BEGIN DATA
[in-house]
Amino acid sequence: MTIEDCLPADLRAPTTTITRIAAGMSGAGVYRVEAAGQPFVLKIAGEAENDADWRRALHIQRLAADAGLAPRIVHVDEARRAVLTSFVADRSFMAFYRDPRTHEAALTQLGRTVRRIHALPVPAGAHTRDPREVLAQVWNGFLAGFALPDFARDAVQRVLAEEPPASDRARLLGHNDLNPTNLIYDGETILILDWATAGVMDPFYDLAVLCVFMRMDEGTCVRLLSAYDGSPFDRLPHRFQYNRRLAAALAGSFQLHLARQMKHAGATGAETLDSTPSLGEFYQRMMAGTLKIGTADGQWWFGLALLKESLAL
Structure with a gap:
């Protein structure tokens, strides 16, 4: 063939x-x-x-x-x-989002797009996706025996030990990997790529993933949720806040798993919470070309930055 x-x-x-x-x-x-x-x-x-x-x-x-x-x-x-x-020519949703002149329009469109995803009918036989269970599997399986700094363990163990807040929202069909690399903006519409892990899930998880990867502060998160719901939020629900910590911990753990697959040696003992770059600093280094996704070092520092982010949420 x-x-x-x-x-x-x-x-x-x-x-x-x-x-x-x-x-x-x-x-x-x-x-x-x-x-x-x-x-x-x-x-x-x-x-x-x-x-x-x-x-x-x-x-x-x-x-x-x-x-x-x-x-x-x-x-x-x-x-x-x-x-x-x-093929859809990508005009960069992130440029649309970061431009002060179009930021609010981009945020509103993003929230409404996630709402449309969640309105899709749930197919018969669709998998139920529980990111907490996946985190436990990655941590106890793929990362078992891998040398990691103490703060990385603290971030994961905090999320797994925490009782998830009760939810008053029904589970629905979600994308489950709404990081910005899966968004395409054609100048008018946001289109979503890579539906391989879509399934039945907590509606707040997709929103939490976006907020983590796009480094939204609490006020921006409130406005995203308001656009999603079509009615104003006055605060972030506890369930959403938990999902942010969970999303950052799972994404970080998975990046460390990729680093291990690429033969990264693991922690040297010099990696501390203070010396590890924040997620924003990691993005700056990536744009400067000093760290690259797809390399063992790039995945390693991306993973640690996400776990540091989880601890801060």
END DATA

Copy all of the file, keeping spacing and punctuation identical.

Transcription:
[in-house]
Amino acid sequence: MTIEDCLPADLRAPTTTITRIAAGMSGAGVYRVEAAGQPFVLKIAGEAENDADWRRALHIQRLAADAGLAPRIVHVDEARRAVLTSFVADRSFMAFYRDPRTHEAALTQLGRTVRRIHALPVPAGAHTRDPREVLAQVWNGFLAGFALPDFARDAVQRVLAEEPPASDRARLLGHNDLNPTNLIYDGETILILDWATAGVMDPFYDLAVLCVFMRMDEGTCVRLLSAYDGSPFDRLPHRFQYNRRLAAALAGSFQLHLARQMKHAGATGAETLDSTPSLGEFYQRMMAGTLKIGTADGQWWFGLALLKESLAL
Structure with a gap:
């Protein structure tokens, strides 16, 4: 063939x-x-x-x-x-989002797009996706025996030990990997790529993933949720806040798993919470070309930055 x-x-x-x-x-x-x-x-x-x-x-x-x-x-x-x-020519949703002149329009469109995803009918036989269970599997399986700094363990163990807040929202069909690399903006519409892990899930998880990867502060998160719901939020629900910590911990753990697959040696003992770059600093280094996704070092520092982010949420 x-x-x-x-x-x-x-x-x-x-x-x-x-x-x-x-x-x-x-x-x-x-x-x-x-x-x-x-x-x-x-x-x-x-x-x-x-x-x-x-x-x-x-x-x-x-x-x-x-x-x-x-x-x-x-x-x-x-x-x-x-x-x-x-093929859809990508005009960069992130440029649309970061431009002060179009930021609010981009945020509103993003929230409404996630709402449309969640309105899709749930197919018969669709998998139920529980990111907490996946985190436990990655941590106890793929990362078992891998040398990691103490703060990385603290971030994961905090999320797994925490009782998830009760939810008053029904589970629905979600994308489950709404990081910005899966968004395409054609100048008018946001289109979503890579539906391989879509399934039945907590509606707040997709929103939490976006907020983590796009480094939204609490006020921006409130406005995203308001656009999603079509009615104003006055605060972030506890369930959403938990999902942010969970999303950052799972994404970080998975990046460390990729680093291990690429033969990264693991922690040297010099990696501390203070010396590890924040997620924003990691993005700056990536744009400067000093760290690259797809390399063992790039995945390693991306993973640690996400776990540091989880601890801060």